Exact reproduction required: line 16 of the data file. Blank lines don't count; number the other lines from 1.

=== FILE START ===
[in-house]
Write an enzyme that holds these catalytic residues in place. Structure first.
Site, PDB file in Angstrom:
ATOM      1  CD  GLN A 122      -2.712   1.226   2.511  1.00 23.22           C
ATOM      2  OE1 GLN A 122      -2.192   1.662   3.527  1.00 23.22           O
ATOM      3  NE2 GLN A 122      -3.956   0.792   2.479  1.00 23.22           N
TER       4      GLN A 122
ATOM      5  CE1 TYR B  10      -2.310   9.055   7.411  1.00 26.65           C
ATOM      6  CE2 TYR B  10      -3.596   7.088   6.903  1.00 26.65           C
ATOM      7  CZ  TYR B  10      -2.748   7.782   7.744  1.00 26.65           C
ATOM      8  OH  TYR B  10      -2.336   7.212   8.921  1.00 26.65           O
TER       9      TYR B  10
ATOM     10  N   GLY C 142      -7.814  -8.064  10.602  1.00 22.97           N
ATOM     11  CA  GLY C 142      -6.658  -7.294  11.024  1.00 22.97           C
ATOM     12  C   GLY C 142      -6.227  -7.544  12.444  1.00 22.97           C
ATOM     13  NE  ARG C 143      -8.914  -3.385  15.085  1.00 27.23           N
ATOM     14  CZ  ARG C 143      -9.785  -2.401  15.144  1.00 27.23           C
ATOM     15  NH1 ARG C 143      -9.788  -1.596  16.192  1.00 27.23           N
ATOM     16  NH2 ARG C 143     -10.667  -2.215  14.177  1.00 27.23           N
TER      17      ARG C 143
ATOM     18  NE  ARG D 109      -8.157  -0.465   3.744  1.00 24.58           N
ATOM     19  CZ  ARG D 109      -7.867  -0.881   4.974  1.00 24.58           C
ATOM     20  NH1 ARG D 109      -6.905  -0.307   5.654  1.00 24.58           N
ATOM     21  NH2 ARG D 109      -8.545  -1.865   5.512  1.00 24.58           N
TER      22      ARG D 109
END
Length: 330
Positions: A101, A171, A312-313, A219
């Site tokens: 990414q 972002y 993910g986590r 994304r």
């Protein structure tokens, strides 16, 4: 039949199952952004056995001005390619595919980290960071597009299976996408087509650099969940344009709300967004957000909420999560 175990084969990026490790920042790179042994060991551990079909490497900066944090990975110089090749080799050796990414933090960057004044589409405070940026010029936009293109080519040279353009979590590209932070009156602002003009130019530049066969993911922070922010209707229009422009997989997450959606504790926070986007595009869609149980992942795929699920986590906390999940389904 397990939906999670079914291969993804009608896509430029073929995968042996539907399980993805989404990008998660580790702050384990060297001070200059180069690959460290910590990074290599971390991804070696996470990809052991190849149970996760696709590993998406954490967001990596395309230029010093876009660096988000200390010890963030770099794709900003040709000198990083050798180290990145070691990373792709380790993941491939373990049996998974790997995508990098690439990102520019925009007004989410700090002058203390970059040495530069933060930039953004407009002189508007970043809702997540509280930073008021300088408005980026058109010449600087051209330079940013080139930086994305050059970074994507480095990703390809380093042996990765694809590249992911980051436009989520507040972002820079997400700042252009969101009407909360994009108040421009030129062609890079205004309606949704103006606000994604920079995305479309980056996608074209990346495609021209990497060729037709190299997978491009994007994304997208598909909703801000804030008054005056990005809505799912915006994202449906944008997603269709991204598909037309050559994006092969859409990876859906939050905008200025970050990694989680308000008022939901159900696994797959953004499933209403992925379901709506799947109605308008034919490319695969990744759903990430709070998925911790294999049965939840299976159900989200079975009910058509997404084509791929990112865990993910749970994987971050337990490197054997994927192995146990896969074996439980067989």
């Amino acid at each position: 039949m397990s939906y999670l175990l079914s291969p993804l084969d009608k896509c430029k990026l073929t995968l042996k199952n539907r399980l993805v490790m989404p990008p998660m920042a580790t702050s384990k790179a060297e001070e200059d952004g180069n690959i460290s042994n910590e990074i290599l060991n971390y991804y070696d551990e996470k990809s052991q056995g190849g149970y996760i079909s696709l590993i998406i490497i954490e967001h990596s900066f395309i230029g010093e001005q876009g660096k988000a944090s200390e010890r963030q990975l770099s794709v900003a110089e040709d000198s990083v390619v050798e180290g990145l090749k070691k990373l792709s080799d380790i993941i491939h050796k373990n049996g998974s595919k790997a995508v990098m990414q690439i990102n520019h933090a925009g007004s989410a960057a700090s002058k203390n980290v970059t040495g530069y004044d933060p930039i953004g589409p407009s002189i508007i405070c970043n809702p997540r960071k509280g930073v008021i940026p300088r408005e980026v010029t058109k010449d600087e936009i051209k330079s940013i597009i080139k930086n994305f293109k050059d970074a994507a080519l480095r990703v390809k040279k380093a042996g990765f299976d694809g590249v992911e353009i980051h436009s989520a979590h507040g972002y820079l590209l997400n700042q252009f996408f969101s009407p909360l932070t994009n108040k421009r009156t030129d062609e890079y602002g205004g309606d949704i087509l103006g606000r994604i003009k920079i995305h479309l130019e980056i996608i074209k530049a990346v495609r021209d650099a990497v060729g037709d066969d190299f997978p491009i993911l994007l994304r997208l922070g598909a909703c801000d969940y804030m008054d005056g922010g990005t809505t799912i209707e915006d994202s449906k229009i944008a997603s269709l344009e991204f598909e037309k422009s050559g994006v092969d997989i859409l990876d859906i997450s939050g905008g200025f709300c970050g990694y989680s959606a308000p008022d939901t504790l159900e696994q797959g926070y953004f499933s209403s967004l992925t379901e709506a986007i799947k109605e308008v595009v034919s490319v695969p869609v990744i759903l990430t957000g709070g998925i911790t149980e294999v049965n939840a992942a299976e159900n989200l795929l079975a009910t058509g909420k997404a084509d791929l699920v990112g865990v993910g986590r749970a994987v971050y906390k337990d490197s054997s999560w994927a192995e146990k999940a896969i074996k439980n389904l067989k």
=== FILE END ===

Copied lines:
ATOM     13  NE  ARG C 143      -8.914  -3.385  15.085  1.00 27.23           N